Prediabetes means that your blood sugar level is higher than normal but not yet high enough to be classified as type 2 diabetes. Without intervention, prediabetes is likely to become type 2 diabetes in 10 years or less.
*1impaired fasting glucose level(ifg)
*2imaired glucose tolerance test.
WHO criteria: fasting plasma glucose level from 6.1 mmol/l (110 mg/dL) to 6.9 mmol/L (125 mg/dL)
]ADA criteria: fasting plasma glucose level from 5.6 mmol/L (100 mg/dL) to 6.9 mmol/L (125
*Family history (parent or sibling)
*Dyslipidemia (triglycerides > 200 or HDL < 35) or
*obesity (body mass index > 25)
*History of gestational diabetes or infant born with birth weight greater than 9 lb (4 kg)High risk ethnic
*[vague]Hypertension (systolic blood pressure>140 mmHg or diastolic blood pressure > 90 mmHg)
*Prior fasting blood glucose > 99Known *vascular disease
*Markers of insulin resistance (PCOS)&acanthosis Nigricans
*racial African-American, Native American, Latino, or Pacific Islander
Are older; people over age 45 are most likely to get it.
Have a waist larger than 40 inches if you’re a man and 35 inches if you’re a woman.
Eat red and processed meat, or drink sugary beverages but skimp on fruit, veggies, nuts, whole grains, and olive oil
Have a sleep problem, like sleep apnea, or you work changing shifts or night shifts
Prediabetes typically has no distinct signs or symptoms. Patients should monitor for signs and symptoms of type 2 diabetes mellitus. These include the following:
*Unexplained weight loss
*Flu-like symptoms, including weakness and fatigue
*Slow healing of cuts or bruises
*Tingling or loss of feeling in hands or feet
*Recurring gum or skin infections
*Recurring vaginal or bladder infections
*A high BMI (Body Mass Index
DIAGNOSES OF PREDIABETIS ;-
is based on the presence of impaired fasting glucose, impaired glucose tolerance, and/o relevated HBA1c level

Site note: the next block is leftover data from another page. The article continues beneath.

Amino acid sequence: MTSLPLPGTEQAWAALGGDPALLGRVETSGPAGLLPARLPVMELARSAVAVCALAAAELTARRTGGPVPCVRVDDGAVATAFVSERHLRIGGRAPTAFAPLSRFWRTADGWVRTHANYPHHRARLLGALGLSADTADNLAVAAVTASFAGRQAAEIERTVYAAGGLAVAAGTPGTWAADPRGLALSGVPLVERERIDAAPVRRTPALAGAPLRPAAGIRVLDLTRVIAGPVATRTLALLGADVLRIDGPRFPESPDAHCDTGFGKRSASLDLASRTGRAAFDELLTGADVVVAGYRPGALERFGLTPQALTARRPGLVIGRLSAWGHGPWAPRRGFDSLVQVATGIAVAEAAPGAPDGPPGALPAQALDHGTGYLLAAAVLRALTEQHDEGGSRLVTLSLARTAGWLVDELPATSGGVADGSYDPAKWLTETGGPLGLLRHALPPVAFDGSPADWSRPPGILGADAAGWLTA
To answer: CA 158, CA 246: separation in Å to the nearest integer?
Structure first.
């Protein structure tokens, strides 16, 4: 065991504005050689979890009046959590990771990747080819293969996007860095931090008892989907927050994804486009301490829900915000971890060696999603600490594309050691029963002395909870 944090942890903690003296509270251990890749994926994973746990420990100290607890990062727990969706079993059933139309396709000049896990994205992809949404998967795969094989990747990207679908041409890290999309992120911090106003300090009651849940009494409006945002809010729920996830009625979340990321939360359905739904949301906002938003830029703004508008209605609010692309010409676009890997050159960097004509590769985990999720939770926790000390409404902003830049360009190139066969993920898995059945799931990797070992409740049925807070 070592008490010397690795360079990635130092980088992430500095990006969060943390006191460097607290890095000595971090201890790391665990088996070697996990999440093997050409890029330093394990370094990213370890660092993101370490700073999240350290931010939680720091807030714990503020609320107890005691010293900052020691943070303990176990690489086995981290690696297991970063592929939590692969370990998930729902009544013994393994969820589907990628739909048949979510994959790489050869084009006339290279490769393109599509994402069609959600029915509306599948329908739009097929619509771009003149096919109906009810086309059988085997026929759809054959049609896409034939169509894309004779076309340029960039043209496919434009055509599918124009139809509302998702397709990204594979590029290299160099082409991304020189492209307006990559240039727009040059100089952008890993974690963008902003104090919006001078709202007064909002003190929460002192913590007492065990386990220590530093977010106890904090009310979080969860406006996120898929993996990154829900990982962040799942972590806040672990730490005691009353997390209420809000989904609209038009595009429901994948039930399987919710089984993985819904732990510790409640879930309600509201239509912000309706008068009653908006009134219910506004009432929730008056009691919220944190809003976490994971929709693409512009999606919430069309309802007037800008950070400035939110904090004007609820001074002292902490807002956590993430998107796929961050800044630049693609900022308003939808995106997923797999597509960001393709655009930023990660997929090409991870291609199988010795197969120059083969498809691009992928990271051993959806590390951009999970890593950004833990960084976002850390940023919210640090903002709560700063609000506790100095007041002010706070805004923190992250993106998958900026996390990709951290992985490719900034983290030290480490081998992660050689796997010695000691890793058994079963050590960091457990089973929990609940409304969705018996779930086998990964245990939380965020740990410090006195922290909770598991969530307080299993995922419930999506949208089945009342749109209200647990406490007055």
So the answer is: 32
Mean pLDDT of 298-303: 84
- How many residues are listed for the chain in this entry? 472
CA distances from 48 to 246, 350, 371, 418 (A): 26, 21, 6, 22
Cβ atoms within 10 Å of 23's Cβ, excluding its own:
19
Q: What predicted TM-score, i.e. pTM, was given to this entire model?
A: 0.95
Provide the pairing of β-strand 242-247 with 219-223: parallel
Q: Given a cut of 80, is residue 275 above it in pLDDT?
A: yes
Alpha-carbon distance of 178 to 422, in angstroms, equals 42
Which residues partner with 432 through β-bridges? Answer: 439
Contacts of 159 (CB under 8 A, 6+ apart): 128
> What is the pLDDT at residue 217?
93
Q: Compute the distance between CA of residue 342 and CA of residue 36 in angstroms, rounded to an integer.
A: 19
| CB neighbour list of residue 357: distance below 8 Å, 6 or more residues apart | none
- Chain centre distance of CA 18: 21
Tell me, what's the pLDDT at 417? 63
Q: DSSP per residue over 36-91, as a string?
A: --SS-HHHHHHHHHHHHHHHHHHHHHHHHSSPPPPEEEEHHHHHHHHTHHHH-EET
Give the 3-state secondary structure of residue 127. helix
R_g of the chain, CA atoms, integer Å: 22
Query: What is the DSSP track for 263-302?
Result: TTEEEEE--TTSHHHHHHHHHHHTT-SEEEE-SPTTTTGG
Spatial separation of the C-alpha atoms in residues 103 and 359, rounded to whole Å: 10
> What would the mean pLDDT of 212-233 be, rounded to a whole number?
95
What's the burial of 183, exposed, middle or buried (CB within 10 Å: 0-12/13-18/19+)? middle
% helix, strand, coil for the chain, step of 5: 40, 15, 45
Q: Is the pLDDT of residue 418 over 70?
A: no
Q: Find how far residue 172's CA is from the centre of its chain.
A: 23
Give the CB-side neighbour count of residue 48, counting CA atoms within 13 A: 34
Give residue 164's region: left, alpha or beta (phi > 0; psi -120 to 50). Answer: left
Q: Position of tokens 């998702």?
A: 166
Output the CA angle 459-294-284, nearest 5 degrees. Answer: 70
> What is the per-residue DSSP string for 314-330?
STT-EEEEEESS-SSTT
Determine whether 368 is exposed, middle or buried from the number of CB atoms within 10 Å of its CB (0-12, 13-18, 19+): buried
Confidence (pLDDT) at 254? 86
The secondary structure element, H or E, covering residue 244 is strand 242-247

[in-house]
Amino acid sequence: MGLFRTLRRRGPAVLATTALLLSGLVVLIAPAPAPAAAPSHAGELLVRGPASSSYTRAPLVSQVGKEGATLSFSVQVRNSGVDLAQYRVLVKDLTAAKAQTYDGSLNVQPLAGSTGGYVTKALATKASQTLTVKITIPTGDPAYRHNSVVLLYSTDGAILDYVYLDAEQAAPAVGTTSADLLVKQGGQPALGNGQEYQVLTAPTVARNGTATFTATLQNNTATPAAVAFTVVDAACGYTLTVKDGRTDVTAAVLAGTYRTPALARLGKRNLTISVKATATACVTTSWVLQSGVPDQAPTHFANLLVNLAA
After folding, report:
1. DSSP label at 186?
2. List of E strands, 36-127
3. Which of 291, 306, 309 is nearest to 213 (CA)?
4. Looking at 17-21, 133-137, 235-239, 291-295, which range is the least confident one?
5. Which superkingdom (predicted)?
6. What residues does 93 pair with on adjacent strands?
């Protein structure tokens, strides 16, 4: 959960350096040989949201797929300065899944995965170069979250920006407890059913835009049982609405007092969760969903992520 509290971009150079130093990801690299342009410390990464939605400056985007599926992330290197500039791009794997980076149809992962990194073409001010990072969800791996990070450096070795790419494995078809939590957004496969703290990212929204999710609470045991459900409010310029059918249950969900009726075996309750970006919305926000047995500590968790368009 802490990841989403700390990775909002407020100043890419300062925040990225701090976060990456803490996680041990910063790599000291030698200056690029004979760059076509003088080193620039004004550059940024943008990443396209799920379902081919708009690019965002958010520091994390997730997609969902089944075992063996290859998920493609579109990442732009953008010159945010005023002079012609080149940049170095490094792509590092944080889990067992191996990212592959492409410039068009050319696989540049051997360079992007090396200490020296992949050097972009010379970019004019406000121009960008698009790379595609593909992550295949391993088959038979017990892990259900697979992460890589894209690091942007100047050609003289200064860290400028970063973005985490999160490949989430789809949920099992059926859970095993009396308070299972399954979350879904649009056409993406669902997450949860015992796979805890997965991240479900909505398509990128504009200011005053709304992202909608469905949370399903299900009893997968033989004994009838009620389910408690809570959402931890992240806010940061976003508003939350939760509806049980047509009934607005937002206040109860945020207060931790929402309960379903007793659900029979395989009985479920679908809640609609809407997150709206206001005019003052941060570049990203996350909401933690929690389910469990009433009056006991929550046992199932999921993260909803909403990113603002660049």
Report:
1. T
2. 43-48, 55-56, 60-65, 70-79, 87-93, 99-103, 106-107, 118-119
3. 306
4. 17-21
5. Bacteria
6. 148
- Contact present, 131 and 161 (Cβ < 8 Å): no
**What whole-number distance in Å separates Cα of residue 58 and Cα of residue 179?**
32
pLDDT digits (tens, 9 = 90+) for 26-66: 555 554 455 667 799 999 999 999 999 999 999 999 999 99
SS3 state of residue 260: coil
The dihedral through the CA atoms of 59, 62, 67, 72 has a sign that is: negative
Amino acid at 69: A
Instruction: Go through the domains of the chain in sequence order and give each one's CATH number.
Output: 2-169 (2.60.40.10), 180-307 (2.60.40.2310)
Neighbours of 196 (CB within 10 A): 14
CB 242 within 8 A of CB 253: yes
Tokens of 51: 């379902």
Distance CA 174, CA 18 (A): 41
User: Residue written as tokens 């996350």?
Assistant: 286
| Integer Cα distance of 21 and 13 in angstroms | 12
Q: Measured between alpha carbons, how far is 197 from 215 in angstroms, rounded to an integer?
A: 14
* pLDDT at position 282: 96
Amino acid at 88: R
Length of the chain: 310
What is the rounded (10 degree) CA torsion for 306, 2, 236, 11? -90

.1- Impaired glucose tolerance is defined as blood glucose levels of 140 to 199 mg/dL during a 75-gram oral glucose tolerance test (normal < 140 mg/dL), and
2= impaired fasting glucose is defined as blood glucose levels of 100 to 125 mg/dL
3-elevated HBA1c level between 5.7%and 6.4%
*conversion into T2DM
*Diastolic heart failure
*lifestyle changes to loose weight & decrease obesity
*healthylow fat diet intake
*regulardaily excercise program about 30m/day 5 days/week
reduction of weight about 10-15% keeping BMI < 25%
*avoidance of sedentary habits
*abesteince of smooking
*adequate control of blood pressure
*proper treatment of hyperlipidaemia
*if all above meassure failed the adition of drugs like metformin/acrobas
The combination of diet and exercise is arguably the single most important factor that could halt the progression towards type 2 diabetes in patients with prediabetes
currently there are four medications for treating the prediabetes subpopulation, including
metformin, pioglitazone, acarbose, and liraglutide.
In addition, the American Association of Clinical Endocrinologists (AACE) has also proposed three weight-loss therapies—including orlistat, lorcaserin, and phentermine/topiramate ER—to manage obesity with the goal of halting the progression of insulin resistance and type 2 diabetes
If medical management fails to achieve glycemic control, advanced measures such as bariatric surgery can be used with the goal of reversing the prediabetis & helping the pts to loose weight.